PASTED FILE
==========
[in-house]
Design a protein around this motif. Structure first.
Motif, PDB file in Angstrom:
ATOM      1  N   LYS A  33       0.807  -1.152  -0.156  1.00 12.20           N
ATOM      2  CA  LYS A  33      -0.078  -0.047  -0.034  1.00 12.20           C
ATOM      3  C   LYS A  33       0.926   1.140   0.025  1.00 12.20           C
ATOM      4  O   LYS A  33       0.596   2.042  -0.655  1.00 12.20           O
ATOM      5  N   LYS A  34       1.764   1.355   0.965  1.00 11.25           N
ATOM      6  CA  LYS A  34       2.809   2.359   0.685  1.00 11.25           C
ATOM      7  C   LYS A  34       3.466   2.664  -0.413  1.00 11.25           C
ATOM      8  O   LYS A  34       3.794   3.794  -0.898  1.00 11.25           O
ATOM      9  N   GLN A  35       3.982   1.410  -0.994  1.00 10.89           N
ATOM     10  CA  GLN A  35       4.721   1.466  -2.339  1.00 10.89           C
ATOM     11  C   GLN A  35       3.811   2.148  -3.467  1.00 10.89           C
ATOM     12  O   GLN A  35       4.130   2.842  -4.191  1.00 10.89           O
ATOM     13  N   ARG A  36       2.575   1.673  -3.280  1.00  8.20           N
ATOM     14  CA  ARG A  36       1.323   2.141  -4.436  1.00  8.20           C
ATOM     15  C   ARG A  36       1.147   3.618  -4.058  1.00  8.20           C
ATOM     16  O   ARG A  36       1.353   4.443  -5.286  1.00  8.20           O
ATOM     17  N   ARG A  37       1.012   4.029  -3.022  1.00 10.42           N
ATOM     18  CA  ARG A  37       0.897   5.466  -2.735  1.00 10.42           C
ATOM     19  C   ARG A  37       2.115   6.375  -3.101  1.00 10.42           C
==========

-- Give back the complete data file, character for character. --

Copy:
[in-house]
Design a protein around this motif. Structure first.
Motif, PDB file in Angstrom:
ATOM      1  N   LYS A  33       0.807  -1.152  -0.156  1.00 12.20           N
ATOM      2  CA  LYS A  33      -0.078  -0.047  -0.034  1.00 12.20           C
ATOM      3  C   LYS A  33       0.926   1.140   0.025  1.00 12.20           C
ATOM      4  O   LYS A  33       0.596   2.042  -0.655  1.00 12.20           O
ATOM      5  N   LYS A  34       1.764   1.355   0.965  1.00 11.25           N
ATOM      6  CA  LYS A  34       2.809   2.359   0.685  1.00 11.25           C
ATOM      7  C   LYS A  34       3.466   2.664  -0.413  1.00 11.25           C
ATOM      8  O   LYS A  34       3.794   3.794  -0.898  1.00 11.25           O
ATOM      9  N   GLN A  35       3.982   1.410  -0.994  1.00 10.89           N
ATOM     10  CA  GLN A  35       4.721   1.466  -2.339  1.00 10.89           C
ATOM     11  C   GLN A  35       3.811   2.148  -3.467  1.00 10.89           C
ATOM     12  O   GLN A  35       4.130   2.842  -4.191  1.00 10.89           O
ATOM     13  N   ARG A  36       2.575   1.673  -3.280  1.00  8.20           N
ATOM     14  CA  ARG A  36       1.323   2.141  -4.436  1.00  8.20           C
ATOM     15  C   ARG A  36       1.147   3.618  -4.058  1.00  8.20           C
ATOM     16  O   ARG A  36       1.353   4.443  -5.286  1.00  8.20           O
ATOM     17  N   ARG A  37       1.012   4.029  -3.022  1.00 10.42           N
ATOM     18  CA  ARG A  37       0.897   5.466  -2.735  1.00 10.42           C
ATOM     19  C   ARG A  37       2.115   6.375  -3.101  1.00 10.42           C